One of the difficulties of measuring active devices like LNA and IF amplifiers with the Nano VNA is the care needed to avoid over-driving the amplifier input and, more importantly perhaps, to avoid blowing up the CH1 port during S21 (gain) measurements.
A common approach to avoid these problems is to place attenuation on both the input (CH0) and amplifier output into CH1. This seems reasonable and I'm sure it'll work just fine, although I haven't tried it myself (yet).
However, I recently purchased a low-cost Return Loss Bridge from a vendor in the Ukraine (see image below) and I was wondering if I could press it into action to help measure amplifiers.
While browsing for information about this subject, I came across an interesting thread (Nano VNA Forum Thread). About halfway down this thread a user makes the following comment:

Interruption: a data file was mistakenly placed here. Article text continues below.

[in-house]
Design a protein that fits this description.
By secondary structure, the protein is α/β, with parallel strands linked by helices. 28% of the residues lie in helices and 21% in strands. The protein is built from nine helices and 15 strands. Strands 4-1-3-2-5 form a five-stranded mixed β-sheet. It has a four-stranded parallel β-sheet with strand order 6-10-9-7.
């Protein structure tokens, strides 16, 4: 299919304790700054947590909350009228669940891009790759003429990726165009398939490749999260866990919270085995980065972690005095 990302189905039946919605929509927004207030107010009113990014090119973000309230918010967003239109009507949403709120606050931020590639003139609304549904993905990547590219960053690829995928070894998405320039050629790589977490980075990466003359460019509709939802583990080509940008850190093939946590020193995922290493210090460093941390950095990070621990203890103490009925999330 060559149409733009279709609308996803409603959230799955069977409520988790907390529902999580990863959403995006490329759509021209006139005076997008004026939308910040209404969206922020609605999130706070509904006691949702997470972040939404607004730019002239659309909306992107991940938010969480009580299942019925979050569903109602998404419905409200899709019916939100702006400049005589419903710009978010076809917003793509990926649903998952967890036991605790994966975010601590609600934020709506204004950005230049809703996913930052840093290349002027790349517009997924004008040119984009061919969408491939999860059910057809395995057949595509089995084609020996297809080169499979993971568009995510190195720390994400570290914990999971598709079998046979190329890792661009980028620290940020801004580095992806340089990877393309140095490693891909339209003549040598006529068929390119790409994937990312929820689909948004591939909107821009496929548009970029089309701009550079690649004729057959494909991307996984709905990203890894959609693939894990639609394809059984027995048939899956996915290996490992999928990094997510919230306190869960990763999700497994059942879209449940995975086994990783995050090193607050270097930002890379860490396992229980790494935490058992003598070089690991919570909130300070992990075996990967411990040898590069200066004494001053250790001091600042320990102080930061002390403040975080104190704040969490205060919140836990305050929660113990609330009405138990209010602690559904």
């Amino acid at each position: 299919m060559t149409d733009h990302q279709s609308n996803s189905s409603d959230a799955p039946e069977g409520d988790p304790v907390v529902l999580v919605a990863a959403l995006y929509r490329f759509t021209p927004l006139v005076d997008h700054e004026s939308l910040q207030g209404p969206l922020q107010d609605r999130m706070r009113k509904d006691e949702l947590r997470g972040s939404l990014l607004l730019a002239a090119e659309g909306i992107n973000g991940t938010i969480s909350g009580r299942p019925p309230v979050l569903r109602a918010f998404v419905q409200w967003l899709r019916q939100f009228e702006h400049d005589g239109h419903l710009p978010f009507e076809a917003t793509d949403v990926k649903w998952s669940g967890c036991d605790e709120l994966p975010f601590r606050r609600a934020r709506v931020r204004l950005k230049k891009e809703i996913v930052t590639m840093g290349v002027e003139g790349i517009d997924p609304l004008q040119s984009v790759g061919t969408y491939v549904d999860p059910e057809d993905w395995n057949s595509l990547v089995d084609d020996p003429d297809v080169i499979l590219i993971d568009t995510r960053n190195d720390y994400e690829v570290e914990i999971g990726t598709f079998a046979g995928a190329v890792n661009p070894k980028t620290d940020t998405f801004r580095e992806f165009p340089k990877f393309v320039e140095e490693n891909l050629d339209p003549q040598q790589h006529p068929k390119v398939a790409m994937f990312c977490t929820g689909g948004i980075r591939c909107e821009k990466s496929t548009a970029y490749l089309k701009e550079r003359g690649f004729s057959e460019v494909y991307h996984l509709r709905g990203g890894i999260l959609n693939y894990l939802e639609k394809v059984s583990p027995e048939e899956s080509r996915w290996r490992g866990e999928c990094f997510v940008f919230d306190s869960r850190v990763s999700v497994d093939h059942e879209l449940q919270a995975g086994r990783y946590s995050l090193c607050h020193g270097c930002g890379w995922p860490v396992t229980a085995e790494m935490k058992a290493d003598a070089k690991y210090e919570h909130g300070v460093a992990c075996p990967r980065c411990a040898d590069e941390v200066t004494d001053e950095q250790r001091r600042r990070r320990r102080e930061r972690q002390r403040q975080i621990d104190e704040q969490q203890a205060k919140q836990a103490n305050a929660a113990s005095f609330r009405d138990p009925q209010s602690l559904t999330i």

This is a tricky case as the power out can overload the device.
The solution I use is attenuate the output, run S21 and use an external return loss bridge with an amplifier on the return port to the channel 1 input. With known gains and attenuation its easy to get return loss, input impedance, and then input SWR
Same methods used for receiver inputs, with care to insure the input is below overload.
It's an old thread, so I can't ask the OP for clarification but I'm hoping someone more knowledgeable than I am can parse this comment and help me understand how the RLB is helping in this situation.
Some of the questions I would have are:
What does the layout look like? What are the connections? When he says: "attenuate the output" does he mean the output of the VNA (i.e., CH0) or the amp? What exactly is the "return port" of the RLB?
What exactly can you measure with this technique? Can you measure gain, for example?
Is this external RLB method superior to using the attenuation method? Why so?